In 2009, Keith Ferrazzi announced the birth of the Relationship Age: an era characterized by technology-enhanced interconnectivity where “trust, conversation, and collaboration are top of mind and top of agenda.”
Ferrazzi spoke from a point in time where Twitter was still a fresh new tool for fomenting customer engagement. Twitter’s appeal came from the fact that this medium allowed users to broadcast their messages to the entire Twitterverse, enabling people to vent out frustrations and extoll praises on a scale that had never been experienced previously. Companies still scour Twitter for mentions of their brands, engaging in public conversations as a way of promoting their company and managing their reputation.
However, Twitter’s shining star is gradually fading and I would argue that this descent comes due to changes in the way we use social media. Whereas the public quality of Twitter first held appeal for the multitudes who were eager to have their voices heard, personal and private social media platforms have now gained traction and people have moved toward apps where they can communicate with closed groups of friends and family. While Twitter still holds a great deal of value for broadcasting communications to the public, people are choosing to spend the majority of their time interacting via closed or private media channels.
We can see this shift in the adoption of Instagram. While this image-based app has the same capacity for public posting as Twitter, Instagram nonetheless has an intimate quality. Organizations have been slow to adopt Instagram, leaving it in the hands of individual users who generally post photos to share with friends and family. This intimate quality is demonstrated in the percentage of users who have private accounts: 33%.
Snapchat has also enjoyed success due to its private quality. Though users can broadcast visual stories to the greater public, this app’s appeal comes from its ability to send photos/videos to a select number of contacts. A 2014 study found that Snapchatters primarily used the app to send funny images and selfies to their friends. Perhaps this channel has been widely adopted by Millennials and Gen Z as a way of satisfying the need to share chosen moments and maintain a close, personal connection throughout their daily life.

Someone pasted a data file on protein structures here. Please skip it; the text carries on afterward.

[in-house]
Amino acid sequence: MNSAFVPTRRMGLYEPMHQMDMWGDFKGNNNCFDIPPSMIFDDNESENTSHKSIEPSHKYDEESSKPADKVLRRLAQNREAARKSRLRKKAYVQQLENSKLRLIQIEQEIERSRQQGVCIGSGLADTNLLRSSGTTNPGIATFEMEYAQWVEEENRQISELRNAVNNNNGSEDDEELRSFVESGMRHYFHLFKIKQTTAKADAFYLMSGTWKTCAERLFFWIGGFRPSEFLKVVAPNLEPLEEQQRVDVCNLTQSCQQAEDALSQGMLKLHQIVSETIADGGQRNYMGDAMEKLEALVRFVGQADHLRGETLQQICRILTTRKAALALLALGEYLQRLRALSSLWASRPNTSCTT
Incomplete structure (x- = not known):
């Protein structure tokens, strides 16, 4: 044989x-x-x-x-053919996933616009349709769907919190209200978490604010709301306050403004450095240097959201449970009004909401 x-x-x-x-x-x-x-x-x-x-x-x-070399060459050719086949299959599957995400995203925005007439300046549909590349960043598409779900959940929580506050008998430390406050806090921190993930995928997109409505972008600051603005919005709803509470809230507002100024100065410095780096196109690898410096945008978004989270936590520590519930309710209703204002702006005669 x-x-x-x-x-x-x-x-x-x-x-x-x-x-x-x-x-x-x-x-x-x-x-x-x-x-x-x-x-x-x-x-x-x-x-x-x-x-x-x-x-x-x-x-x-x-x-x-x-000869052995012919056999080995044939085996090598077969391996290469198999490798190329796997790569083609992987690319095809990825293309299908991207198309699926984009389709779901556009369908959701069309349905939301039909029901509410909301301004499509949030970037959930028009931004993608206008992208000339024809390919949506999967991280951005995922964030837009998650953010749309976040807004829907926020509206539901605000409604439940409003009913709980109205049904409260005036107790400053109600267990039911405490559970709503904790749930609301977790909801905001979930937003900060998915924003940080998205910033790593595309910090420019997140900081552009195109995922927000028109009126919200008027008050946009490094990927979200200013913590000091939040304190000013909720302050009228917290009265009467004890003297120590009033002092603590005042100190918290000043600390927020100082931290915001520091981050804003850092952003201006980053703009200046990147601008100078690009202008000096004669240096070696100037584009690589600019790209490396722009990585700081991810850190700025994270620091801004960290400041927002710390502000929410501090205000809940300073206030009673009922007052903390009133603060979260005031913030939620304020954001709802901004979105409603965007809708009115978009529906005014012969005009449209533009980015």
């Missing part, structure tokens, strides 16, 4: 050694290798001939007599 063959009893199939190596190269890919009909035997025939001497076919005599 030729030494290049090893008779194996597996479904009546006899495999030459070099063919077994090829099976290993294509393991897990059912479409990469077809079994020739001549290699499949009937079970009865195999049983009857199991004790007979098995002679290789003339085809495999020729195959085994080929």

In this new paradigm of digital interaction, private messaging is also on the rise. Facebook Messenger’s launch coincides with the decline of public Facebook usage (Erin Griffith attributes this decline to the platform’s loss of intimacy). Now the app has 900 million users and, after SMS and WhatsApp, it’s the most popular medium for messaging friends and family. The exodus toward private messaging has been led mainly by the youngest segments of our population, who have eschewed public social media for WhatsApp, WeChat, KakaoTalk, Messenger, Kik, Snapchat, LINE, and others.
In 2009 when Keith Ferrazzi announced the birth of the Relationship Age, he perhaps did not fully understand how deeply true his statement would become. The public online relationships fomented by social media marketing in 2009 are nowhere near as personal and intimate as those established through one-on-one messaging. Though digital marketers will still find a great deal of value from publishing public content, digital marketing is shifting toward private channels; where stronger, more personal relationships can be established with consumers. Digital engagement is the new marketing, but it’s more personal than we ever expected.